Williams Recognized for Passion of Teaching

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By Caitlin Powers

A passion for teaching is evident in the classroom, in the conversations with students and now on the wall for assistant professor Jennifer Williams, Ph.D.

Williams, better known as Dr. Jen to her students, will have two teaching awards to display on her office wall making her passion for teaching even more evident.

Williams was selected to receive two teaching awards – the Association of Former Students Distinguished Achievement Award for College-Level Teaching and the Montague Center for Teaching Excellence Scholars Award.

“It means a lot to receive the awards because the association award came from student nominations and with the Montague award I was nominated by a peer,” Williams said. “The fact that my peers and students think that I am pretty good in the classroom means a whole lot to me.”

ALEC Department Head Jack Elliot, Ph.D., commends Williams on not only receiving one award but receiving two prestigious teaching awards in the same year, a feat not surprising considering her passion for teaching.

“I don’t know if there is a more passionate person in the whole system not just in the department or college,” Elliot said, “but she is absolutely the most passionate person about what she does.”

The Association of Former Students Distinguished Achievement Award for College- Level Teaching recognizes outstanding faculty members for their dedication to teaching and is considered to be one of the highest honors that can be bestowed upon a faculty member.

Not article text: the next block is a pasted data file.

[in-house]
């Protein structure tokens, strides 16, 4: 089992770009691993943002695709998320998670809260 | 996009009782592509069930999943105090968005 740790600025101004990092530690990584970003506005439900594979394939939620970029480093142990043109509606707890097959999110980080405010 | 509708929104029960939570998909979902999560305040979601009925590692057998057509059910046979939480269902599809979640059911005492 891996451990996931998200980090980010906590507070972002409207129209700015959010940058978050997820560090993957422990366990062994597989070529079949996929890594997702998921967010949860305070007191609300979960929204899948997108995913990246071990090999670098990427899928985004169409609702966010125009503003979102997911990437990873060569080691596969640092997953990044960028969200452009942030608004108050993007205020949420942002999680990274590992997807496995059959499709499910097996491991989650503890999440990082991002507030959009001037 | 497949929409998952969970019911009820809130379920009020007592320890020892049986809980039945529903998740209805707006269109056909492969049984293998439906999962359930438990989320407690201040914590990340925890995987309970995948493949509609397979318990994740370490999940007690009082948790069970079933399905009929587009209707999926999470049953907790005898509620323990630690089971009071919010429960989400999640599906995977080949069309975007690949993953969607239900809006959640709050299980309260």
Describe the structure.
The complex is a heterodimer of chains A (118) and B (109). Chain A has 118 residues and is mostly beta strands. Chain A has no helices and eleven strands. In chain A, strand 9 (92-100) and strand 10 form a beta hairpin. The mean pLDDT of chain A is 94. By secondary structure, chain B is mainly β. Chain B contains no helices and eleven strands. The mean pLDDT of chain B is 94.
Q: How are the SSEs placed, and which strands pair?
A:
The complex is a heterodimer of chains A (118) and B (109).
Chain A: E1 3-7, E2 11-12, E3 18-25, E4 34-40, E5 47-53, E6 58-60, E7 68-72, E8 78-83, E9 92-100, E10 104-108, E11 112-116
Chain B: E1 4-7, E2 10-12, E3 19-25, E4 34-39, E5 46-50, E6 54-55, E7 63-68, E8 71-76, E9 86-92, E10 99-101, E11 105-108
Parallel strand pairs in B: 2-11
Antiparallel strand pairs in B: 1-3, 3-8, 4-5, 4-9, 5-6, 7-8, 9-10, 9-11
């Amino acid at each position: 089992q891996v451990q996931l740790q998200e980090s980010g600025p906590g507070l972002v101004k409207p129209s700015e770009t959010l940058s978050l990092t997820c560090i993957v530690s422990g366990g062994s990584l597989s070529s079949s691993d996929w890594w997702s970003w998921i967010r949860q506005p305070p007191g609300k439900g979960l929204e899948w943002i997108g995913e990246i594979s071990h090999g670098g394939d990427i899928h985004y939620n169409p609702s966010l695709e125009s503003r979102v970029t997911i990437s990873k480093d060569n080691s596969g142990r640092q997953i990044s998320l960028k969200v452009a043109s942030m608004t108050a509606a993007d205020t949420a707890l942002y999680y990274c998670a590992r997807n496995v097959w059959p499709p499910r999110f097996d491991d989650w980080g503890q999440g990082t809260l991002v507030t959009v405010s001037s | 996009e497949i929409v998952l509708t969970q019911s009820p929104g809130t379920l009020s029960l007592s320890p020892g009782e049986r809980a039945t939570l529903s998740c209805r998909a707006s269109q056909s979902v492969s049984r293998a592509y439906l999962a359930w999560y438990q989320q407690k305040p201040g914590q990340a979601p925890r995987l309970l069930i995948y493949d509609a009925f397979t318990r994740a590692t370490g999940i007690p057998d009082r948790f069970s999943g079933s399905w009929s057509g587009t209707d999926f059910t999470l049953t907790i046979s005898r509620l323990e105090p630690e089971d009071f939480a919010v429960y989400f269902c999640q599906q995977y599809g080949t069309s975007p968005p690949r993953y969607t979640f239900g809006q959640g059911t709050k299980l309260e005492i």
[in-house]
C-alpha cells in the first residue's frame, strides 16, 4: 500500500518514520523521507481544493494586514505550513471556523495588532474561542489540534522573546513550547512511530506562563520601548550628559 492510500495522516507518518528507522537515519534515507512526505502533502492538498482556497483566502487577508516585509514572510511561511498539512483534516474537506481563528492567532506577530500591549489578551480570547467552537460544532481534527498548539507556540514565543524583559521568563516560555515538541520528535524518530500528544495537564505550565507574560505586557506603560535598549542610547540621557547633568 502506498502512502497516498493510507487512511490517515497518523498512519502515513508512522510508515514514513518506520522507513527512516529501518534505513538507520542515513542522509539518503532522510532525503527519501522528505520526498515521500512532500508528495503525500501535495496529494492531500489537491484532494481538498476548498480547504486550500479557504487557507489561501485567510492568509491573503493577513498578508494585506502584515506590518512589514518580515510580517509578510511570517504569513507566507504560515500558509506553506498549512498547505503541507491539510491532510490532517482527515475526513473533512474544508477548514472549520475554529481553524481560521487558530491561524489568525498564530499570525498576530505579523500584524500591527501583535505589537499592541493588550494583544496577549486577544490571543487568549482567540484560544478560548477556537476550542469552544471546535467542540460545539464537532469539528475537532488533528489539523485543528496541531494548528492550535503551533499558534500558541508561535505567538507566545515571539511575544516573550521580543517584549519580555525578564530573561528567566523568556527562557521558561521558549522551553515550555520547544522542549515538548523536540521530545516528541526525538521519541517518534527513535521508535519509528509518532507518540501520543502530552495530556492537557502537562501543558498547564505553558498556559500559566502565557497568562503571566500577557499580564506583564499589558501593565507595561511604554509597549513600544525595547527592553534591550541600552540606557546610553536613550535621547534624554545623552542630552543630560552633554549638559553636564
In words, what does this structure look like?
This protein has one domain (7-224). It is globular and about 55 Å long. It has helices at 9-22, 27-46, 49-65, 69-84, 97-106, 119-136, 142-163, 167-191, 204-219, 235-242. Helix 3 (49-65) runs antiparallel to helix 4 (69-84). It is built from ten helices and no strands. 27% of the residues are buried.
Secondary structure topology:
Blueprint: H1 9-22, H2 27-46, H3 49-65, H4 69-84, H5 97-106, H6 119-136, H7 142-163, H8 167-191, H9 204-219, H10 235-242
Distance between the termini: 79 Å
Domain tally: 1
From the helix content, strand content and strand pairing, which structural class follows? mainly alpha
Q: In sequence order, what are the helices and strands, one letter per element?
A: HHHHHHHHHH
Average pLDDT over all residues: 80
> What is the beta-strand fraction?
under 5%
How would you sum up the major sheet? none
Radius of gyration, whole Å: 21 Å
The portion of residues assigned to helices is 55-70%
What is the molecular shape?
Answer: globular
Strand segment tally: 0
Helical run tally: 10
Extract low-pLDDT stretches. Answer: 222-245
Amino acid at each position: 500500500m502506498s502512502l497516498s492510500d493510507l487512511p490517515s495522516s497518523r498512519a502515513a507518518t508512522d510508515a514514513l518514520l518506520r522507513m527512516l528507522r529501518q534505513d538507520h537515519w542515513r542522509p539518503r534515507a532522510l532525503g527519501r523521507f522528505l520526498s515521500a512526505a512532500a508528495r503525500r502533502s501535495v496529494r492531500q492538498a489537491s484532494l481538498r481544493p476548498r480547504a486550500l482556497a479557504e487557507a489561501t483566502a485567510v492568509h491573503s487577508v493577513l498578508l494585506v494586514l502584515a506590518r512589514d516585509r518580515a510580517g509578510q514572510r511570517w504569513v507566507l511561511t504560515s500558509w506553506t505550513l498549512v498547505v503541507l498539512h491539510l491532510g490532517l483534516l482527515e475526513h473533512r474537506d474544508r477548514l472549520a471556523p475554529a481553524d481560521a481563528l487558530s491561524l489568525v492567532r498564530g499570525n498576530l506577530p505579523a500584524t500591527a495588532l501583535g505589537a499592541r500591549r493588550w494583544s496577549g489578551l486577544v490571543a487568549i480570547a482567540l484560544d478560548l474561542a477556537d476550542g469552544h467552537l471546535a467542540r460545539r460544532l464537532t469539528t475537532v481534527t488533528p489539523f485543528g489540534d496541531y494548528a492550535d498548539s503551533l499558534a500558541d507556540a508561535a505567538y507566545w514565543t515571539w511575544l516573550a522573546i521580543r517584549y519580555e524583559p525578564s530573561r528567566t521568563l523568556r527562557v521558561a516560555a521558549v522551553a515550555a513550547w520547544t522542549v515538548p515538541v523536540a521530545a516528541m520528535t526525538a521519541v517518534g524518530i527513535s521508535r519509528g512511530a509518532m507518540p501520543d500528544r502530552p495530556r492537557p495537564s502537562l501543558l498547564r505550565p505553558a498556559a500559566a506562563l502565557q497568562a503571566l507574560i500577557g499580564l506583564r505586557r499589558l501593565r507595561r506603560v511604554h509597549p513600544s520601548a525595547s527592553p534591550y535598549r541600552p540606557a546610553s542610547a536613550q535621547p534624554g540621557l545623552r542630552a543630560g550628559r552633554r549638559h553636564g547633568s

Named in honor of Kenneth Montague ’37, distinguished alumnus and outstanding Texas A&M trustee, The Montague CTE Scholars Award is based on a faculty member’s ability and interest in teaching. The award is given annually to a tenure-track faculty member from each of the nine colleges.

Williams will join the more than 150 Montague CTE Scholars on campus including Kim Dooley Ph.D. and Barry Boyd, Ph.D. from the ALEC department. Previous ALEC faculty Chris Townsend, Ph.D., and Manda Rosser, Ph.D., have also been named Montague CTE Scholars.

“I look and see who in the department has won the Montague CTE Scholars award, Dr. Chris, Dr. Dooley, Dr. Boyd and those are individuals I think are exemplary examples of what a good teacher is,” Williams said.

“So to be counted among them is huge and to be put in the same category as them has been one of my professional goals.”

Being recognized as one of the best also comes along with added pressure for Williams to continue to be engaging in the classroom. “I feel like I need to step up my game even more,” Williams said, “I’m always constantly looking to improve.”

Williams said she has tried to already this semester in the courses she teaches. To get students involved Williams said she took a normal lecture she would normally stand up and deliver and had the students act out the material by breaking them into groups.

“Even though it has made me step up my game and it looks awesome on a wall. It’s the emails I get from students and the little notes I get from students that impact me more than the awards,” Williams said.

“Because they are everyday reminders of the fact what I am teaching is actually important.”

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